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United States v. Thavaraja

United States Court of Appeals, Second Circuit

January 23, 2014

UNITED STATES of America, Appellant,
v.
Pratheepan THAVARAJA, fka Fnu Lnu, aka Thambi Sampras, aka Steeban, aka Thavarajah Pratheepan, aka Raja Pratheepan, Defendant-Appellee.

Argued: Sept. 17, 2013.

Page 254

Alexander Solomon, Assistant United States Attorney (Peter A. Norling, Assistant United States Attorney, on the brief), for Loretta E. Lynch, United States Attorney for the Eastern District of New York, Brooklyn, N.Y., for Appellant.

Michael H. Sporn, Law Office of Michael H. Sporn, New York, N.Y., and William J. Stampur, Hurwitz Stampur & Roth, New York, N.Y., for Defendant-Appellee.

Page 255

Before WALKER, LIVINGSTON, and CHIN, Circuit Judges.

CHIN, Circuit Judge:

Defendant-appellee Pratheepan Thavaraja, a Sri Lankan native, was the principal procurement officer for the Liberation Tigers of Tamil Eelam (" LTTE" ), a foreign terrorist organization. He was detained in Indonesia and extradited to the United States in 2007. In June 2009, he pled guilty to conspiracy to provide material support to a foreign terrorist organization and conspiracy to bribe public officials. The district court (Dearie, J .) sentenced him principally to 108 months' imprisonment, a substantial downward variation from the Guidelines range. The Government challenges the substantive reasonableness of the sentence, contending that the sentence was unreasonably low. We affirm.

BACKGROUND

A. The Facts

The facts are largely undisputed and are summarized as follows:

1. The LTTE

Sri Lanka became an independent state in 1948, following the end of British colonial rule. The Sinhalese Buddhist majority took control, and in the years since the Sri Lankan government has purportedly engaged in systematic oppression of the Tamils, a minority group residing primarily in the north and east parts of the country.

Formed in 1976, the LTTE is a militant separatist group in northern Sri Lanka that sought to establish an independent Tamil state. It opposed the Sri Lankan government's alleged persecution of the Tamils. The LTTE engaged in civil war with the Sri Lankan government, employing a significant military operation, including an army of some 10,000 soldiers as well as air and naval forces. The LTTE perpetrated acts of violence in Sri Lanka and India, including suicide bombings and assassinations. A military offensive by the Sri Lankan government in 2009 effectively eradicated the LTTE's presence in Sri Lanka.

As the district court found, the LTTE and the Sri Lankan government thus were engaged in an " ongoing civil war," with apparent " serious human rights violations on both sides of the conflict."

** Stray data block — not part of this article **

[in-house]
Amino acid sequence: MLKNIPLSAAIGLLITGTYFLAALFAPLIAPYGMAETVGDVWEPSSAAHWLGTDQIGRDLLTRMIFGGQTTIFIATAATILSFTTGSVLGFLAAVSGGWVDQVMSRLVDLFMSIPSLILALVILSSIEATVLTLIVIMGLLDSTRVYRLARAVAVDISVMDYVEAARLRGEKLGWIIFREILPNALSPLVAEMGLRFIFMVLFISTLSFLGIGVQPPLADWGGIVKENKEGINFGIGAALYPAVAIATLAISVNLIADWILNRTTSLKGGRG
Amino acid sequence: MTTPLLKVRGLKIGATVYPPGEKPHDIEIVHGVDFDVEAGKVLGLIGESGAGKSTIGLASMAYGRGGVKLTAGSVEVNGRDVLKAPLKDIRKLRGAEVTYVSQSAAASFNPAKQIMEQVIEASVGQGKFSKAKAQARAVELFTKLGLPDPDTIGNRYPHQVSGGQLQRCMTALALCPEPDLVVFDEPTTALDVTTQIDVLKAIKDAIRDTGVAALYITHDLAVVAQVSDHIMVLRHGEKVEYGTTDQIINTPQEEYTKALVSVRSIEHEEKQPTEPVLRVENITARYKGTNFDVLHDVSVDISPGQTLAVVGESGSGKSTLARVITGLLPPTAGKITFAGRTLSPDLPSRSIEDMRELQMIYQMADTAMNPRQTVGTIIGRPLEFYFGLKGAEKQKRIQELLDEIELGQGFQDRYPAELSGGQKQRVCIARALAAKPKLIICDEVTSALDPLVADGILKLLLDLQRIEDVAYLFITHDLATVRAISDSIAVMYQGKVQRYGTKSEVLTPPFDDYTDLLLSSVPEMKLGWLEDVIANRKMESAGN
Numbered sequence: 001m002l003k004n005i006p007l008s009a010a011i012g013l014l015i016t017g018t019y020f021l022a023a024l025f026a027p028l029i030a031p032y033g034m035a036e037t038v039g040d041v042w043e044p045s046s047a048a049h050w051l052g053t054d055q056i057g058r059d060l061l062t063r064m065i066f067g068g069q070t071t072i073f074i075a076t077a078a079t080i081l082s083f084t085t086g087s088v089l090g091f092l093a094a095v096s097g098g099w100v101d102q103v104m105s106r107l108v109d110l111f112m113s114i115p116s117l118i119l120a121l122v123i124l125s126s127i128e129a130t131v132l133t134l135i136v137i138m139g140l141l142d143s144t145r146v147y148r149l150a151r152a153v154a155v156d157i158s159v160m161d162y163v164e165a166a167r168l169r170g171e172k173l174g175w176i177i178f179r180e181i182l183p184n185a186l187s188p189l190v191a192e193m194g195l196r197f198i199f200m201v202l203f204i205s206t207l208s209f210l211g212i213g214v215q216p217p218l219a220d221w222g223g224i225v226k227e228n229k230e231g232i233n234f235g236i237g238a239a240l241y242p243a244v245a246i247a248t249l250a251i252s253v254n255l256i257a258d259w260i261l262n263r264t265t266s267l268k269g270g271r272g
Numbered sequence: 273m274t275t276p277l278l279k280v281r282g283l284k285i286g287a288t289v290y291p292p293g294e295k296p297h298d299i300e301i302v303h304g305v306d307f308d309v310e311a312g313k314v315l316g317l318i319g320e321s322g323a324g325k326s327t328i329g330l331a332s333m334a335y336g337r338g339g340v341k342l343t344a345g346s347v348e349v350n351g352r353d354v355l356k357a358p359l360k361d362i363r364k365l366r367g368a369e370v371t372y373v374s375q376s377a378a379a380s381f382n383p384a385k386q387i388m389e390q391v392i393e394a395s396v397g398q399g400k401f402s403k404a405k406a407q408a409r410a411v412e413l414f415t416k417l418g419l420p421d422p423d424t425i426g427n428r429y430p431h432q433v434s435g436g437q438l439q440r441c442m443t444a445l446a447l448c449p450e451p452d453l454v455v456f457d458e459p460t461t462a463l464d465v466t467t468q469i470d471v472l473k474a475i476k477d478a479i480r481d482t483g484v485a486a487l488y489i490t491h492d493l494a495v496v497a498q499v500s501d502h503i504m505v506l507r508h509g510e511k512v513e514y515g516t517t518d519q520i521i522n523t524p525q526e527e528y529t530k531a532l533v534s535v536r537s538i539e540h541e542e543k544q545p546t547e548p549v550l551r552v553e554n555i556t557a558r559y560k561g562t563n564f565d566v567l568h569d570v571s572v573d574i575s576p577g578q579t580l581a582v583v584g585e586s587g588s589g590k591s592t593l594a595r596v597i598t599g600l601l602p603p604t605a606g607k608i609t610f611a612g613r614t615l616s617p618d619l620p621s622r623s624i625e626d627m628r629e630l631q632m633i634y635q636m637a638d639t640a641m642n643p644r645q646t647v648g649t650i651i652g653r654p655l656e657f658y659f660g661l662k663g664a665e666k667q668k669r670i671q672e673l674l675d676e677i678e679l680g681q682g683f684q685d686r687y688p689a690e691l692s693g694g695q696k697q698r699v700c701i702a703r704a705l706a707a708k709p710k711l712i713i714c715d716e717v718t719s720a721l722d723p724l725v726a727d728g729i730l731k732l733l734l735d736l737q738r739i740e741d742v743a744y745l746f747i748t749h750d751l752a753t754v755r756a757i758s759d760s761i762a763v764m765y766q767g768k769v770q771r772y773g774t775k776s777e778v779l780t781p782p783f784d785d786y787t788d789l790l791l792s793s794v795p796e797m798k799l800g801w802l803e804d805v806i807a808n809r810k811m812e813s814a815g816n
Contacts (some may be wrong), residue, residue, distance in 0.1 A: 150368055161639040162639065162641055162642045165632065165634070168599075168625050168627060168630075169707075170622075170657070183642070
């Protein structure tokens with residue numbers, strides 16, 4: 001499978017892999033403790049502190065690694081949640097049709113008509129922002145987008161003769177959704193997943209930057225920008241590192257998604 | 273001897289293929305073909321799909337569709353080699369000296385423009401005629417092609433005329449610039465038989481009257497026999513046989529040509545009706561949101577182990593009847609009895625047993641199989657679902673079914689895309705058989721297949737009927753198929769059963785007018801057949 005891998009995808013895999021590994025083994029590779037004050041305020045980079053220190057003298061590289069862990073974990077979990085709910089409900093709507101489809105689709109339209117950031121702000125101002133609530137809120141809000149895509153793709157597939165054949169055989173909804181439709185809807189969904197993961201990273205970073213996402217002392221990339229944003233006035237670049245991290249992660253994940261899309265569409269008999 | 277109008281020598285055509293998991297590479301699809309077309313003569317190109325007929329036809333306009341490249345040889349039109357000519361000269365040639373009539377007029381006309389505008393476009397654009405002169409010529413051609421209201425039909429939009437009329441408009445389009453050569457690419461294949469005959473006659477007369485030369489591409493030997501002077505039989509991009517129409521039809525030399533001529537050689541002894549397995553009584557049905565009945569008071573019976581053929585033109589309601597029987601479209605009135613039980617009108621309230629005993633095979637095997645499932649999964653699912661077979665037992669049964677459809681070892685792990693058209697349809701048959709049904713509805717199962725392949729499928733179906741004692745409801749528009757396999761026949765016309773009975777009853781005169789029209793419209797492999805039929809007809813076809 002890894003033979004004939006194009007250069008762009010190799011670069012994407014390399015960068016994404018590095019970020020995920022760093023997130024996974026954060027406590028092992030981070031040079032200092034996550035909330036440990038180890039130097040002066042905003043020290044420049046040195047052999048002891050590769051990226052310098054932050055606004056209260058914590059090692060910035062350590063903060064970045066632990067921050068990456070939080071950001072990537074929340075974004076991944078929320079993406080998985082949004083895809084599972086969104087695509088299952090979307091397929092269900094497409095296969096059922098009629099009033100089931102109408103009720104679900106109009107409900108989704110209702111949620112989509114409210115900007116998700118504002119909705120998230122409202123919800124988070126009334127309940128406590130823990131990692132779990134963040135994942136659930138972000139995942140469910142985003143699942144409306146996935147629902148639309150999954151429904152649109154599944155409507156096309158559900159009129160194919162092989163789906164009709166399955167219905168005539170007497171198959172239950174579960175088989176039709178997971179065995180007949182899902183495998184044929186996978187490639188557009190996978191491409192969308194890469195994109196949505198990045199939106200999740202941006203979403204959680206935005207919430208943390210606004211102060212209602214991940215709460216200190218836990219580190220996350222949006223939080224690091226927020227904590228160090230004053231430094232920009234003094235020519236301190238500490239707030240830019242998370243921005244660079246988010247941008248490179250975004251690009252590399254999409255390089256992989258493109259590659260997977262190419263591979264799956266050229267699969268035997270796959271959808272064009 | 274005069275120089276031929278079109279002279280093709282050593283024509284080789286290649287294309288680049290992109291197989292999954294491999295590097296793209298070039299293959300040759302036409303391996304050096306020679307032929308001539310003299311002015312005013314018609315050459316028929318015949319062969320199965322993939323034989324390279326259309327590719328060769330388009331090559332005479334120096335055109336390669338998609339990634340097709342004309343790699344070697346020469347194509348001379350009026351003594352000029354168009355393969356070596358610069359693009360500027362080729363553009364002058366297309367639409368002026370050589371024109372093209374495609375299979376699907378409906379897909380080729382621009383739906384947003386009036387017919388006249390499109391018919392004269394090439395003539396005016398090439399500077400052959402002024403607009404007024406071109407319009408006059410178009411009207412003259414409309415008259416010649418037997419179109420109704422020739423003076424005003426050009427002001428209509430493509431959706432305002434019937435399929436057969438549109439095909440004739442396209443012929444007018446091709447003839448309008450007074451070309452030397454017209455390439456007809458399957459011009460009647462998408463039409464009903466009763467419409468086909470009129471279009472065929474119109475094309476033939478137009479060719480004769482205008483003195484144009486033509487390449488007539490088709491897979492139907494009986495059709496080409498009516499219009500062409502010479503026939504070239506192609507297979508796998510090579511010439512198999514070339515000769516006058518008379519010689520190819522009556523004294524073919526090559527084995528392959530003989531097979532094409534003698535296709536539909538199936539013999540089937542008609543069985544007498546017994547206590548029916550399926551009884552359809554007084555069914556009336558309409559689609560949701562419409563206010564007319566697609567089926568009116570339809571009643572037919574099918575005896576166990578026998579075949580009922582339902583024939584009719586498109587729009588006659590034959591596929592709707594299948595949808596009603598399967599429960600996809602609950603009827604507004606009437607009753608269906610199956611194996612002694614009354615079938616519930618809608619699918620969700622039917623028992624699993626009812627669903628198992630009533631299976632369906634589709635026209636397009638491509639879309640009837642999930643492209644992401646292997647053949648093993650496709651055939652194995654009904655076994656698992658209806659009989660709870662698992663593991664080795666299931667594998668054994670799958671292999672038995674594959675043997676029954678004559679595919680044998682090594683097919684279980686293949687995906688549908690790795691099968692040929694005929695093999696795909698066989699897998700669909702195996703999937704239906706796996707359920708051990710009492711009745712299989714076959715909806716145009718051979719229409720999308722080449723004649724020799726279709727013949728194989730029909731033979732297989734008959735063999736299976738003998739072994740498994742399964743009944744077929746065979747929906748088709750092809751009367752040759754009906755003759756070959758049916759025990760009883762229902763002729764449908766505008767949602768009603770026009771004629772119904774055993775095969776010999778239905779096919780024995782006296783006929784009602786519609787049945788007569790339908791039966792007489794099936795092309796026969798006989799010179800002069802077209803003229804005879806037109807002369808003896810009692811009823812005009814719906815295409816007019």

In 1997, pursuant to 8 U.S.C. § 1189, the State Department designated the LTTE a " foreign terrorist organization," after finding that the LTTE was (1) a " foreign organization," (2) " engaged in terrorist activity," which (3) " threatens the security of United States nationals or the national security of the United States." 8 U.S.C. § 1189(a)(1); see also Foreign Terrorist Organizations, U.S. Dep't of State, www. state. gov/ j/ ct/ rls/ other/ des/ 123085. htm (last visited Jan. 23, 2014) (listing LTTE since 1997). The LTTE filed a petition to review this designation. The Court of Appeals for the D.C. Circuit denied the petition. See People's Mojahedin Org. of Iran v. U.S. Dep't of State, 182 F.3d 17 (D.C.Cir.1999).[1]

Page 256

2. The Crimes

Pratheepan [2] was the principal procurement officer for the LTTE from 2002 to 2006. At the direction of the LTTE leadership, he purchased at least $20 million worth of military-grade weapons (including anti-aircraft guns, rocket launchers, and explosives) and materials used to make suicide bombs. Weapons with serial numbers matching those in Pratheepan's purchase orders were discovered among weapon caches confiscated from the LTTE by the Sri Lankan government.

Pratheepan also played a role in a scheme to bribe State Department officials to remove the LTTE from the foreign terrorist organization list. He relayed messages between the LTTE leadership and operatives in the United States who were arranging the bribe with undercover government agents.

3. Pratheepan's Personal History

Pratheepan was born on November 7, 1974 in a Tamil neighborhood in Sri Lanka. He was raised during a time of civil war and was regularly subjected to violence, bombings, and intimidation as a result of the conflict between the Sri Lankan government and the LTTE. He attended high school in his hometown until he was 14-years old, when his school was destroyed. He and his family were frequently forced to flee their homes to refugee camps during military attacks. At one point he returned to his village to find that dozens of people— including friends and acquaintances— had been killed and that many buildings had been destroyed.

At 21-years old, Pratheepan moved to England, where he was granted political refugee status. He attended school and earned a bachelor's degree in engineering, a certification in English proficiency, and a teacher's certificate. He was employed as a college lecturer in Mansfield, England from 2000 to 2002. In 2002, after seven years in England as a political refugee, Pratheepan returned to his parents' ...


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